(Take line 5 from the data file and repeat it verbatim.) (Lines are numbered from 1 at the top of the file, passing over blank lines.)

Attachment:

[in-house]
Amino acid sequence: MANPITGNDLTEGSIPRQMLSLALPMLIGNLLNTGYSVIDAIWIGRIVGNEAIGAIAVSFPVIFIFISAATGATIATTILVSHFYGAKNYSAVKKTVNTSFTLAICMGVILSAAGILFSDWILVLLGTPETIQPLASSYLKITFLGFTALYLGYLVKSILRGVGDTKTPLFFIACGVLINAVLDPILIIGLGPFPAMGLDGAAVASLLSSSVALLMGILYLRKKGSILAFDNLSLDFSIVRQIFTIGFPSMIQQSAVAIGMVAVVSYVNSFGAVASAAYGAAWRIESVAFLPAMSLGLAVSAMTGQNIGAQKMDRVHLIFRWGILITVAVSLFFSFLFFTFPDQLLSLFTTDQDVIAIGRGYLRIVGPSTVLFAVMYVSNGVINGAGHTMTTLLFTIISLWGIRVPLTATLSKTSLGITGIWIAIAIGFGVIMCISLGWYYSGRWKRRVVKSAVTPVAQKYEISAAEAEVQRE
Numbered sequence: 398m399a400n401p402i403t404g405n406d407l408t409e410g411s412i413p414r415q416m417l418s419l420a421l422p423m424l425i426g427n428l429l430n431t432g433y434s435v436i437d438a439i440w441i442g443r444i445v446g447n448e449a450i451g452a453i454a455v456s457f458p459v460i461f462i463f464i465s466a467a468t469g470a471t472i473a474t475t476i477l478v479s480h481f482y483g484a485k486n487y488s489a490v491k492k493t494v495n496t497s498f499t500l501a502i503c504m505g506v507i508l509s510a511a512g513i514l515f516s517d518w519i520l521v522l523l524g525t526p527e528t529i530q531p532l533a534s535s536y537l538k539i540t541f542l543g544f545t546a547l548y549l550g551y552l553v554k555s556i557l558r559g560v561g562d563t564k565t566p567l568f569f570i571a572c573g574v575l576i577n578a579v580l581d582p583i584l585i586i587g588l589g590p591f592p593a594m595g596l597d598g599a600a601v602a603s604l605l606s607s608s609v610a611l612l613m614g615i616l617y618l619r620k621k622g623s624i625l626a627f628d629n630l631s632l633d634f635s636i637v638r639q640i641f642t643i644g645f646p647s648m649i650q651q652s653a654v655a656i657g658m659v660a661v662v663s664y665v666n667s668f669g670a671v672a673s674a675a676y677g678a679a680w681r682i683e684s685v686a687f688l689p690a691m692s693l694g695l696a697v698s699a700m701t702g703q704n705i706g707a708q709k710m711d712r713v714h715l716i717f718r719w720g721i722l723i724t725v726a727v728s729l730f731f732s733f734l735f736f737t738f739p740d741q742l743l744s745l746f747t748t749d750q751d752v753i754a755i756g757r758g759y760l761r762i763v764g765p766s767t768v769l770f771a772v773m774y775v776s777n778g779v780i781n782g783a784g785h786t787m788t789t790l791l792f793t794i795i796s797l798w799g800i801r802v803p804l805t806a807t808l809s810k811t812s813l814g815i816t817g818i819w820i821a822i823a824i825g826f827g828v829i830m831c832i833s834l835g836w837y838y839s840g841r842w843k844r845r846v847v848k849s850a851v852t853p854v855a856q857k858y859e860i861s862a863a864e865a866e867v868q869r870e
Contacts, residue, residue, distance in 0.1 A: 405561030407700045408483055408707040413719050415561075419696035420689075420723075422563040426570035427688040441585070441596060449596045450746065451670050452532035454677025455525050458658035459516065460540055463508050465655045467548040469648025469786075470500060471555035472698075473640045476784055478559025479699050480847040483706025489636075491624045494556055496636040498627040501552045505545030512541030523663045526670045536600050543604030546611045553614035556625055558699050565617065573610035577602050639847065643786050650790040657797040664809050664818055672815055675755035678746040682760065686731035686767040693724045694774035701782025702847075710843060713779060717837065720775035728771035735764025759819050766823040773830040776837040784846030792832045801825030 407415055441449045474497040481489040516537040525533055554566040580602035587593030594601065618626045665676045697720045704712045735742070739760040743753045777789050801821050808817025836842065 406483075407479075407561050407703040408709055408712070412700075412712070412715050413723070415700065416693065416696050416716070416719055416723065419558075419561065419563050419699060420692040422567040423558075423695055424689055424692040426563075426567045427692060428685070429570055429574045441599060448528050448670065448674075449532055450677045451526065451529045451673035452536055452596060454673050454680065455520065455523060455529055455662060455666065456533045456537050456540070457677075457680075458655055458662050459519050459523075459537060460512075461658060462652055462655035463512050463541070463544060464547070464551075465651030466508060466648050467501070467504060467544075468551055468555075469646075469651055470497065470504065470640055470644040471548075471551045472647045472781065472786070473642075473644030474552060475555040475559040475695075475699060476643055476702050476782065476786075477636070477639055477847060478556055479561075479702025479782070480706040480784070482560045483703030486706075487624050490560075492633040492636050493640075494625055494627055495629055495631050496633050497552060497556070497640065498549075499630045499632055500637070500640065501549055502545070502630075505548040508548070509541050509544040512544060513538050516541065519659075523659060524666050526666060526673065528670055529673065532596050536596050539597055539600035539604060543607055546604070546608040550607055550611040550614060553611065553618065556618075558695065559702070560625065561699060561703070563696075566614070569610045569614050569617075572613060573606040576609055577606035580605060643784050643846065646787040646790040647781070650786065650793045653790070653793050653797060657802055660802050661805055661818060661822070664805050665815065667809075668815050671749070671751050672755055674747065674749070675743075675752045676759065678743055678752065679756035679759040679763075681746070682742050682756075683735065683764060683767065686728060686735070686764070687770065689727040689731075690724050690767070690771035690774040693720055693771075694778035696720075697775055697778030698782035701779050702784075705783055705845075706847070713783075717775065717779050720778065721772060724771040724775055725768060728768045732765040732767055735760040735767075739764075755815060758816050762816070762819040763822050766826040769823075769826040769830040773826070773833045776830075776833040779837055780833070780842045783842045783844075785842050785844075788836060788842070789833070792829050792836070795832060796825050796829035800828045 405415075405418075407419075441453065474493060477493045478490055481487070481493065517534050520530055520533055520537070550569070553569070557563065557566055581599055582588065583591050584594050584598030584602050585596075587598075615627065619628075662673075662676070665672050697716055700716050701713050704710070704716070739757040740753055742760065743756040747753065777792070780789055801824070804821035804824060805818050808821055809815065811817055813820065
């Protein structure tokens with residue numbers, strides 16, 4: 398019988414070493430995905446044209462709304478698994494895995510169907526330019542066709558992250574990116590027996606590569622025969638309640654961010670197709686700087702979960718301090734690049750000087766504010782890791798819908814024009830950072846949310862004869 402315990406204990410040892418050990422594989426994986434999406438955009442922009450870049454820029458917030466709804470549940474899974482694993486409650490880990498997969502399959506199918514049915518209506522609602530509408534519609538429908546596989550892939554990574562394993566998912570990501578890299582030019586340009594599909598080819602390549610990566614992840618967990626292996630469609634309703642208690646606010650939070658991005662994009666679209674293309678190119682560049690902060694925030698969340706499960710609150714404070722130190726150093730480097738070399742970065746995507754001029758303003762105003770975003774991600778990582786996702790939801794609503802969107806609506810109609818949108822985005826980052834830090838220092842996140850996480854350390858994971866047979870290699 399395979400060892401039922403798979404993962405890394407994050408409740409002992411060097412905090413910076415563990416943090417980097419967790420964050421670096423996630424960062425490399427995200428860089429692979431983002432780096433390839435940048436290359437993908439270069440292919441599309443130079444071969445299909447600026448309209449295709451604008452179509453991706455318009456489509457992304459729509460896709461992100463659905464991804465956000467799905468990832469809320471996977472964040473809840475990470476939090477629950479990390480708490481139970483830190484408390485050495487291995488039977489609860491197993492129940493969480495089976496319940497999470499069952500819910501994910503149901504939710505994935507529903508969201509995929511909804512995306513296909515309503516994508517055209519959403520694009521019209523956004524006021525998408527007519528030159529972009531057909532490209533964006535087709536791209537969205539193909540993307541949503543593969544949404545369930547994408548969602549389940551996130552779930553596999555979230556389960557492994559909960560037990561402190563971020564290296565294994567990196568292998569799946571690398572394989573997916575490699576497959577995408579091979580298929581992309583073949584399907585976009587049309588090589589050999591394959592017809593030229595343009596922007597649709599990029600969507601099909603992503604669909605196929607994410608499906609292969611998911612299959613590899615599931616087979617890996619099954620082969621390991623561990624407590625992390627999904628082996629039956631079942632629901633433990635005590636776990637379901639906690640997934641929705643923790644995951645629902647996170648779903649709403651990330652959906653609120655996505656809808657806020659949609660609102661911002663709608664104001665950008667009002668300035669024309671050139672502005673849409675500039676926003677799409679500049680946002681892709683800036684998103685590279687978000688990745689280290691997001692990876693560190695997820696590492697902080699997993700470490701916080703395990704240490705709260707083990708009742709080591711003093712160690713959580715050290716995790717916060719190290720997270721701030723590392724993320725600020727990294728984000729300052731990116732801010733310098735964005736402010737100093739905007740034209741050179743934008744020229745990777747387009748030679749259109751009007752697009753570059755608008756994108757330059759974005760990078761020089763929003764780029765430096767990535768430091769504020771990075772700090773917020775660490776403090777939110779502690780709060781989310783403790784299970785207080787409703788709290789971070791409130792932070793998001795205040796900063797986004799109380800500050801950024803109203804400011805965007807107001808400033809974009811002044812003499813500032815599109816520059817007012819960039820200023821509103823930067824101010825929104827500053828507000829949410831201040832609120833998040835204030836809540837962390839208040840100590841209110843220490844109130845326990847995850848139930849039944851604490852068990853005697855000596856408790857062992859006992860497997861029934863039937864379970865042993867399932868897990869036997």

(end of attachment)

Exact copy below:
């Protein structure tokens with residue numbers, strides 16, 4: 398019988414070493430995905446044209462709304478698994494895995510169907526330019542066709558992250574990116590027996606590569622025969638309640654961010670197709686700087702979960718301090734690049750000087766504010782890791798819908814024009830950072846949310862004869 402315990406204990410040892418050990422594989426994986434999406438955009442922009450870049454820029458917030466709804470549940474899974482694993486409650490880990498997969502399959506199918514049915518209506522609602530509408534519609538429908546596989550892939554990574562394993566998912570990501578890299582030019586340009594599909598080819602390549610990566614992840618967990626292996630469609634309703642208690646606010650939070658991005662994009666679209674293309678190119682560049690902060694925030698969340706499960710609150714404070722130190726150093730480097738070399742970065746995507754001029758303003762105003770975003774991600778990582786996702790939801794609503802969107806609506810109609818949108822985005826980052834830090838220092842996140850996480854350390858994971866047979870290699 399395979400060892401039922403798979404993962405890394407994050408409740409002992411060097412905090413910076415563990416943090417980097419967790420964050421670096423996630424960062425490399427995200428860089429692979431983002432780096433390839435940048436290359437993908439270069440292919441599309443130079444071969445299909447600026448309209449295709451604008452179509453991706455318009456489509457992304459729509460896709461992100463659905464991804465956000467799905468990832469809320471996977472964040473809840475990470476939090477629950479990390480708490481139970483830190484408390485050495487291995488039977489609860491197993492129940493969480495089976496319940497999470499069952500819910501994910503149901504939710505994935507529903508969201509995929511909804512995306513296909515309503516994508517055209519959403520694009521019209523956004524006021525998408527007519528030159529972009531057909532490209533964006535087709536791209537969205539193909540993307541949503543593969544949404545369930547994408548969602549389940551996130552779930553596999555979230556389960557492994559909960560037990561402190563971020564290296565294994567990196568292998569799946571690398572394989573997916575490699576497959577995408579091979580298929581992309583073949584399907585976009587049309588090589589050999591394959592017809593030229595343009596922007597649709599990029600969507601099909603992503604669909605196929607994410608499906609292969611998911612299959613590899615599931616087979617890996619099954620082969621390991623561990624407590625992390627999904628082996629039956631079942632629901633433990635005590636776990637379901639906690640997934641929705643923790644995951645629902647996170648779903649709403651990330652959906653609120655996505656809808657806020659949609660609102661911002663709608664104001665950008667009002668300035669024309671050139672502005673849409675500039676926003677799409679500049680946002681892709683800036684998103685590279687978000688990745689280290691997001692990876693560190695997820696590492697902080699997993700470490701916080703395990704240490705709260707083990708009742709080591711003093712160690713959580715050290716995790717916060719190290720997270721701030723590392724993320725600020727990294728984000729300052731990116732801010733310098735964005736402010737100093739905007740034209741050179743934008744020229745990777747387009748030679749259109751009007752697009753570059755608008756994108757330059759974005760990078761020089763929003764780029765430096767990535768430091769504020771990075772700090773917020775660490776403090777939110779502690780709060781989310783403790784299970785207080787409703788709290789971070791409130792932070793998001795205040796900063797986004799109380800500050801950024803109203804400011805965007807107001808400033809974009811002044812003499813500032815599109816520059817007012819960039820200023821509103823930067824101010825929104827500053828507000829949410831201040832609120833998040835204030836809540837962390839208040840100590841209110843220490844109130845326990847995850848139930849039944851604490852068990853005697855000596856408790857062992859006992860497997861029934863039937864379970865042993867399932868897990869036997």